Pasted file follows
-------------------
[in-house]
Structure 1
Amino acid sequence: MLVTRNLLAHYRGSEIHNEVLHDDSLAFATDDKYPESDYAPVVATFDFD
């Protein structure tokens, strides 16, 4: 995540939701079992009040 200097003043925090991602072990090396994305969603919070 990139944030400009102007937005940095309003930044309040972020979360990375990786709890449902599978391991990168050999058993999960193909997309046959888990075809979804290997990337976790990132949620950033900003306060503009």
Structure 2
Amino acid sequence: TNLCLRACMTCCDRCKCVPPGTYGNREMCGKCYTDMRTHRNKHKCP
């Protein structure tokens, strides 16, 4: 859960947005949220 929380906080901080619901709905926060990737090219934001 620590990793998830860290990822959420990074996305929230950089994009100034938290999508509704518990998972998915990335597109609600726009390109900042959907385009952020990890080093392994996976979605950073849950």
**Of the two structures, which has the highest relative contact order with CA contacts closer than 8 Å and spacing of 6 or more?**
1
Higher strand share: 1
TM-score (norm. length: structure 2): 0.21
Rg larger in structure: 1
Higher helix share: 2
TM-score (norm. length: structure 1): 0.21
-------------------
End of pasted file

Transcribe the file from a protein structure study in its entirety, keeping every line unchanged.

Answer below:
[in-house]
Structure 1
Amino acid sequence: MLVTRNLLAHYRGSEIHNEVLHDDSLAFATDDKYPESDYAPVVATFDFD
């Protein structure tokens, strides 16, 4: 995540939701079992009040 200097003043925090991602072990090396994305969603919070 990139944030400009102007937005940095309003930044309040972020979360990375990786709890449902599978391991990168050999058993999960193909997309046959888990075809979804290997990337976790990132949620950033900003306060503009």
Structure 2
Amino acid sequence: TNLCLRACMTCCDRCKCVPPGTYGNREMCGKCYTDMRTHRNKHKCP
């Protein structure tokens, strides 16, 4: 859960947005949220 929380906080901080619901709905926060990737090219934001 620590990793998830860290990822959420990074996305929230950089994009100034938290999508509704518990998972998915990335597109609600726009390109900042959907385009952020990890080093392994996976979605950073849950």
**Of the two structures, which has the highest relative contact order with CA contacts closer than 8 Å and spacing of 6 or more?**
1
Higher strand share: 1
TM-score (norm. length: structure 2): 0.21
Rg larger in structure: 1
Higher helix share: 2
TM-score (norm. length: structure 1): 0.21